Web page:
When all of the uproar about the term “Urban Homesteading” began last week, I was dutifully spraying an odd-looking block of sawdust twice a day that had been inoculated with shiitake spores. Inspired by this Huffington Post article, I ordered it through Amazon as a project to do with my kids – something more akin to a Butterfly Garden (a family favorite) than actual indoor agriculture. As promised, within two weeks our sawdust block went gangbusters with mushrooms – enough for one main course for two adults (which is fine because, as it turns out, my children love to grow mushrooms, but not eat them).
In the meantime, the “Take Back Urban Homesteading(s)” page on Facebook had grown to over 5,000 followers, and I spent some time acquainting myself with the dozens (no, hundreds!) of blogs and websites published by people living in various degrees of the urban who are experimenting with sustainable living, growing their own food and reviving lost domestic arts. Regardless of how the trademark issue ends up, the galvanization of this community has been exciting for this armchair urban farmer. I discovered Grown in the City and FarmCurious, sites devoted to practical resources for urban gardening and composting, as well as a number of other interesting folks doing really creative things in small spaces that I will soon be adding to my blogroll.
So, are we urban homesteaders too? We have the urban pretty well covered. You can’t get more city than a 9th floor apartment in a midtown Manhattan high-rise – a place I never thought I would find myself, but strangely can’t imagine leaving. As far as sustainability goes, we’ve got it going on: no car, small footprint, features common to living in Gotham. According to David Owen, New York is the greenest city in America. While I have dreams of keeping bees and chickens on our rooftop, I must content myself with our shared garden that is lovely for playing in a sandbox or having coffee, but doesn’t get enough light to grow food. So it’s all indoor gardening for us. Except for one thing: we don’t actually have any plants. Mostly because our cat eats them, but also because I recently found out I don’t actually have much of a green thumb. Last year, we started 5 large window boxes in our sunny stairwell windows, planting everything from strawberries to tomatoes to quinoa. And it was a dismal failure. The strawberries developed bugs, the tomato plants produced one puny tomato and the quinoa only grew 4 inches (although it was fun to grow something straight from the kitchen).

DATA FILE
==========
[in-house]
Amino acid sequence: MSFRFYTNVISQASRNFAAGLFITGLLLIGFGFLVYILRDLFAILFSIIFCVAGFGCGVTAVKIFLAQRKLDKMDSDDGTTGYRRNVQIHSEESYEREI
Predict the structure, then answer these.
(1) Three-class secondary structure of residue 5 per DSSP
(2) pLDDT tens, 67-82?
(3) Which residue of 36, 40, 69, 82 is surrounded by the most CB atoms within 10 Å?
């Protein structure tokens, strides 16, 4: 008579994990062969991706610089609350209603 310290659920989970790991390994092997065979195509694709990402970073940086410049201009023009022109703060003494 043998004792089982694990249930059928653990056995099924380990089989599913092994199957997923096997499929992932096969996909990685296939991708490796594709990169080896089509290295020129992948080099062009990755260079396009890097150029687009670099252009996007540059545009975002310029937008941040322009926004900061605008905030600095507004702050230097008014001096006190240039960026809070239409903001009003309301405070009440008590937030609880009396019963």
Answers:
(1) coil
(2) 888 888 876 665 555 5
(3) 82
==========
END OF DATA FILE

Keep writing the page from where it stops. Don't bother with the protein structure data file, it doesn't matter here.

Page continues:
So you can imagine my delight when after two weeks of spraying my indoor mushroom farm, I actually got a whole bunch of mushrooms! Enough to sauté over rice or add to miso soup.
I’m hooked and I’ve already ordered another mushroom kit – an actual log this time. But this project hardly qualifies as urban homesteading – or even urban gardening. However, it has encouraged me to build a window farm, which you are sure to be hearing more about.
Are you gardening indoors? I would love to hear what you are growing!